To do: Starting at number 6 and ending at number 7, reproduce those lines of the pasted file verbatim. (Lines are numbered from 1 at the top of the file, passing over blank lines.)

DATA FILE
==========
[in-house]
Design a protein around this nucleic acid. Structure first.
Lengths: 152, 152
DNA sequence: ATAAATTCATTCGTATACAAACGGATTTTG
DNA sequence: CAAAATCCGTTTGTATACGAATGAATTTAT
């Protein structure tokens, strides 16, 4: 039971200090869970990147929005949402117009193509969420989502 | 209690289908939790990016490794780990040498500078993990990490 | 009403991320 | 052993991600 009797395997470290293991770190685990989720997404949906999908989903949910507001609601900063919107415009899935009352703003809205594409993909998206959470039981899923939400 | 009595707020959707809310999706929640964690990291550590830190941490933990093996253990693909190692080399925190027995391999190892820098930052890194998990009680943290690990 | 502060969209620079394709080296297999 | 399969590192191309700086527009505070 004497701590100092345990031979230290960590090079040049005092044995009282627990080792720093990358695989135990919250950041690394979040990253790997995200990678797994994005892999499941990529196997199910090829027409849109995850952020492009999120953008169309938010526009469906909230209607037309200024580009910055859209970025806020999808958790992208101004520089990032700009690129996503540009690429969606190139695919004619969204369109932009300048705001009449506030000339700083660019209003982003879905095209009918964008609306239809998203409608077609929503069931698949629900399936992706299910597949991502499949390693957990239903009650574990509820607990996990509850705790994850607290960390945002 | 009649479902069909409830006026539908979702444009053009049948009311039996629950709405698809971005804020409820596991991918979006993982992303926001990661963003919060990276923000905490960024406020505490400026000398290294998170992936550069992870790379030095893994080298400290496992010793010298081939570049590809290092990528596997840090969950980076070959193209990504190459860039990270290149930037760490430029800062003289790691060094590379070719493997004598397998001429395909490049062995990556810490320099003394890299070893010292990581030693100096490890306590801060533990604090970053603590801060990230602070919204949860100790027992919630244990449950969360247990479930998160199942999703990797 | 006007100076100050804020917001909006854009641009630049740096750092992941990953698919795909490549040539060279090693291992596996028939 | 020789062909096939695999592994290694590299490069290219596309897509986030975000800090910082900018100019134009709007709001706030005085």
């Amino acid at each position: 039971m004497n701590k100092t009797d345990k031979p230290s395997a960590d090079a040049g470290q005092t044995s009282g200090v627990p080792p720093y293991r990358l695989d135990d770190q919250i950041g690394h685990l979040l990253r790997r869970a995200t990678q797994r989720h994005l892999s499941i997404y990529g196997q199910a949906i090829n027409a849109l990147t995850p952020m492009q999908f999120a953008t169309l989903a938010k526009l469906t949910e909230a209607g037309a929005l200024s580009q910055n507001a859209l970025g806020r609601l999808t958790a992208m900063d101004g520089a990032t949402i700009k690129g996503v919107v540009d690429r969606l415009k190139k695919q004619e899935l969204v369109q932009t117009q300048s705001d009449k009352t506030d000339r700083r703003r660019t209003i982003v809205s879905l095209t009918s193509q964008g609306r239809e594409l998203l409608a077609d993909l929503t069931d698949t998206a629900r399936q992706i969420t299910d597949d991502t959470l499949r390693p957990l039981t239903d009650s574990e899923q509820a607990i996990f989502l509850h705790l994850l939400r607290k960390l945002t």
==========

């Protein structure tokens, strides 16, 4: 039971200090869970990147929005949402117009193509969420989502 | 209690289908939790990016490794780990040498500078993990990490 | 009403991320 | 052993991600 009797395997470290293991770190685990989720997404949906999908989903949910507001609601900063919107415009899935009352703003809205594409993909998206959470039981899923939400 | 009595707020959707809310999706929640964690990291550590830190941490933990093996253990693909190692080399925190027995391999190892820098930052890194998990009680943290690990 | 502060969209620079394709080296297999 | 399969590192191309700086527009505070 004497701590100092345990031979230290960590090079040049005092044995009282627990080792720093990358695989135990919250950041690394979040990253790997995200990678797994994005892999499941990529196997199910090829027409849109995850952020492009999120953008169309938010526009469906909230209607037309200024580009910055859209970025806020999808958790992208101004520089990032700009690129996503540009690429969606190139695919004619969204369109932009300048705001009449506030000339700083660019209003982003879905095209009918964008609306239809998203409608077609929503069931698949629900399936992706299910597949991502499949390693957990239903009650574990509820607990996990509850705790994850607290960390945002 | 009649479902069909409830006026539908979702444009053009049948009311039996629950709405698809971005804020409820596991991918979006993982992303926001990661963003919060990276923000905490960024406020505490400026000398290294998170992936550069992870790379030095893994080298400290496992010793010298081939570049590809290092990528596997840090969950980076070959193209990504190459860039990270290149930037760490430029800062003289790691060094590379070719493997004598397998001429395909490049062995990556810490320099003394890299070893010292990581030693100096490890306590801060533990604090970053603590801060990230602070919204949860100790027992919630244990449950969360247990479930998160199942999703990797 | 006007100076100050804020917001909006854009641009630049740096750092992941990953698919795909490549040539060279090693291992596996028939 | 020789062909096939695999592994290694590299490069290219596309897509986030975000800090910082900018100019134009709007709001706030005085």
């Amino acid at each position: 039971m004497n701590k100092t009797d345990k031979p230290s395997a960590d090079a040049g470290q005092t044995s009282g200090v627990p080792p720093y293991r990358l695989d135990d770190q919250i950041g690394h685990l979040l990253r790997r869970a995200t990678q797994r989720h994005l892999s499941i997404y990529g196997q199910a949906i090829n027409a849109l990147t995850p952020m492009q999908f999120a953008t169309l989903a938010k526009l469906t949910e909230a209607g037309a929005l200024s580009q910055n507001a859209l970025g806020r609601l999808t958790a992208m900063d101004g520089a990032t949402i700009k690129g996503v919107v540009d690429r969606l415009k190139k695919q004619e899935l969204v369109q932009t117009q300048s705001d009449k009352t506030d000339r700083r703003r660019t209003i982003v809205s879905l095209t009918s193509q964008g609306r239809e594409l998203l409608a077609d993909l929503t069931d698949t998206a629900r399936q992706i969420t299910d597949d991502t959470l499949r390693p957990l039981t239903d009650s574990e899923q509820a607990i996990f989502l509850h705790l994850l939400r607290k960390l945002t």